First Offshore Wind Farm in United States Yields Early Returns for Block Island Residents

    The first U.S. offshore wind farm off the coast of Rhode Island stands to displace the use of diesel fuel to generate electricity in the community of Block Island, while reducing overall energy costs for residents. Millions of gallons of diesel fuel was shipped to Block Island annually to power four aging generators. The 1,000 residents of the tourism-oriented community currently pay the highest electricity rates in the country, at five times the national average (50 cents per kWh during the summer peak). Despite the high cost of offshore wind energy relative to mainland electricity rates, the initial cost of 24 cents per kilowatt-hour (kWh) from the new wind farm will save Block Island residents $25-30 a month. Offshore wind may be novel in America, but Europe's large-scale industry has seen prices drop 46 percent over the last five years to an average of 13 cents/kWh (Europe's coal-fired electricity costs 9 cents/kWh). To cut costs, experts say the United States needs to develop its own offshore industry infrastructure and workforce.

    For more information see:

    Inside Climate News


    Scientists Improve Techniques to Study Connections between Weather and Climate Change

    A new study published in the Proceedings of the National Academy of Sciences explores ways to identify connections between day-to-day weather events and long-term anthropogenic global warming using rapid attribution techniques. Rapid attribution compares observed meteorological data with data generated from climate models. The study found that in its regions of focus, the days and months of the year typically expected to be the hottest are getting even hotter due to climate change. According to Heidi Cullen, the chief scientist at Climate Central, "[The study is] the first time that this has been done at this large scale. It helps us understand at this 50,000-foot level the way that climate change is already having an impact on temperature and precipitation." Rapid attribution techniques are still undergoing refinement and can encounter challenges when assessing highly complex extreme weather events (such as a wide-spread drought). However, the emerging methodology has the potential to help scientists better understand the relationship between climate change and weather patterns.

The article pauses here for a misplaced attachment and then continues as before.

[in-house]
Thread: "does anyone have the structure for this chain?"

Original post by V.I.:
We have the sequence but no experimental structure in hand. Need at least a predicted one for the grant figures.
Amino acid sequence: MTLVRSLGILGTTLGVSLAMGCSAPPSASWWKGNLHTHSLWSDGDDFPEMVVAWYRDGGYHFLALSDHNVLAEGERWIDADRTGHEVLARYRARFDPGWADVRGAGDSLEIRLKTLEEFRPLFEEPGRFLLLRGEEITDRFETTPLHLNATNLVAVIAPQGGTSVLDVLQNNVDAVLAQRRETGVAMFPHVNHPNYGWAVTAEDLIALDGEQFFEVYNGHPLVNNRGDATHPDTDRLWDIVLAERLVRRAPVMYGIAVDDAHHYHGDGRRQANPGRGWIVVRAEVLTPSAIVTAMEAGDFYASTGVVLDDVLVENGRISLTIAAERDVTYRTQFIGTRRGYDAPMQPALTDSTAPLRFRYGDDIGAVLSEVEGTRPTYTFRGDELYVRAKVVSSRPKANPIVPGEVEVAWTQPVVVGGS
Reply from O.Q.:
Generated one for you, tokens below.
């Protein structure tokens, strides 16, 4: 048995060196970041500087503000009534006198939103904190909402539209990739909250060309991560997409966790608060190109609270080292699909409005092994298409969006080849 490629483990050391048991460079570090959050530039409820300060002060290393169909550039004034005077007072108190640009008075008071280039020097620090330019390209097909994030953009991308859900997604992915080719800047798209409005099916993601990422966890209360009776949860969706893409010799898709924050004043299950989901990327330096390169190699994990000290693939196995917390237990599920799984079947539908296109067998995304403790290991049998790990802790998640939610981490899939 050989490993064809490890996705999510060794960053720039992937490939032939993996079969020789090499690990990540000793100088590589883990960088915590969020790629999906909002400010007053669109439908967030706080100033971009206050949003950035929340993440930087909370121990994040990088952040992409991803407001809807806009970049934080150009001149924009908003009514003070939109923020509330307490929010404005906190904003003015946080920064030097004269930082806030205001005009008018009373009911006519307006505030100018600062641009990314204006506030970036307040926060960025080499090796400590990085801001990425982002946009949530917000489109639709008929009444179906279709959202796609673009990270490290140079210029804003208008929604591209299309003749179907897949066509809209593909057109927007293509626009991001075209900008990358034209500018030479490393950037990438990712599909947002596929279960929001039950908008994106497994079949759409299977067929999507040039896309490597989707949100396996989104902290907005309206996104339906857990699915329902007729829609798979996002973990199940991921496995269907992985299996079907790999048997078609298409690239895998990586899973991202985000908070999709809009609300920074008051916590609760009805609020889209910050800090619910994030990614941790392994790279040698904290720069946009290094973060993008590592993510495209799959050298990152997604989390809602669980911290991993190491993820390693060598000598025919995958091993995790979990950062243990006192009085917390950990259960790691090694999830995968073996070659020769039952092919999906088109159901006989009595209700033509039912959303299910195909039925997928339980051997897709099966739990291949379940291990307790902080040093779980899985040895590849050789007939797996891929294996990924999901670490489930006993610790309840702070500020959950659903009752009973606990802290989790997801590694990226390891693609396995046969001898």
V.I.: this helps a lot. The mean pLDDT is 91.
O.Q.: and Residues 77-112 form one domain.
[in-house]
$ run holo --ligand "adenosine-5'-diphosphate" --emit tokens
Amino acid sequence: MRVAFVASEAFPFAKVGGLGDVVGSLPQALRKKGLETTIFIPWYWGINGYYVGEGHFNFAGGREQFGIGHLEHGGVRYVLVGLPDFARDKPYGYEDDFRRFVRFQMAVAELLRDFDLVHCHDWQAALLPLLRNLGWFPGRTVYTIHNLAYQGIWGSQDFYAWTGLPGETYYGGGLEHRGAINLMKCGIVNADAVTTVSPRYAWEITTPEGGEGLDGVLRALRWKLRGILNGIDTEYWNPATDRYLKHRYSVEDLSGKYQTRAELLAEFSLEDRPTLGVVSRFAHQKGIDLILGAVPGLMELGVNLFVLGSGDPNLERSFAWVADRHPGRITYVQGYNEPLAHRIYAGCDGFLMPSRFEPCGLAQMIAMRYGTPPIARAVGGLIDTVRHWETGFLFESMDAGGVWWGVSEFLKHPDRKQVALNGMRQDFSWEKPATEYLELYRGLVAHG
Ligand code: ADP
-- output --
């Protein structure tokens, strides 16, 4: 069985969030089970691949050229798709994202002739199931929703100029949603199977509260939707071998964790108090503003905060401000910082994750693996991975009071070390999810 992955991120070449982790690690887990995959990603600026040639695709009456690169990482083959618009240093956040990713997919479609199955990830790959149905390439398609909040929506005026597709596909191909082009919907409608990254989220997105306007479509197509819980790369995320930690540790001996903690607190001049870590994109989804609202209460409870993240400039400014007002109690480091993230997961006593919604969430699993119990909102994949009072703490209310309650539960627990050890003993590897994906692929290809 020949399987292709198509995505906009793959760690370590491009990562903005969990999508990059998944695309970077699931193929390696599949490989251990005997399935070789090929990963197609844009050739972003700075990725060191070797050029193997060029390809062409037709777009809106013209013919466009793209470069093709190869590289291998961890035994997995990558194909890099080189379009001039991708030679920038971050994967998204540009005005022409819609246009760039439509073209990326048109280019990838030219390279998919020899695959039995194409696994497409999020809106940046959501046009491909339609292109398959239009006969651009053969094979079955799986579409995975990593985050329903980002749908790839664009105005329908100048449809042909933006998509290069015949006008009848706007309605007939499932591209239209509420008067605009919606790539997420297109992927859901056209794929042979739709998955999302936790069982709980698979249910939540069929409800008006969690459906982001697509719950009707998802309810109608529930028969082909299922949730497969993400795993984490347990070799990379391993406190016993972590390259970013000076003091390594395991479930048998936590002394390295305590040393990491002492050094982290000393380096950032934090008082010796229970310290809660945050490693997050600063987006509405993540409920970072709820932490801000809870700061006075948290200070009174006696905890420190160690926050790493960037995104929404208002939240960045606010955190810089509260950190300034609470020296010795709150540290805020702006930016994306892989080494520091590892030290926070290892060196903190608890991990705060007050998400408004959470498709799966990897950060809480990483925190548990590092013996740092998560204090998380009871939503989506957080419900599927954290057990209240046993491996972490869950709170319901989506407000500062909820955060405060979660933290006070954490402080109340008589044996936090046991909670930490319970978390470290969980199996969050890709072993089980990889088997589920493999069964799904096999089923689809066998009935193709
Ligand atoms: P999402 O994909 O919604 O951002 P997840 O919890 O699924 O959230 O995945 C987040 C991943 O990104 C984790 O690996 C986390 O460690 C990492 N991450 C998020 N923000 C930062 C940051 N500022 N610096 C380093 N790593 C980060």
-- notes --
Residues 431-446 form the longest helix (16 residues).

For more information see:

    The Atlantic



    Letter to Trump Defending the Energy Star Program Signed by 57 House Members and Over 1,000 Organizations and Businesses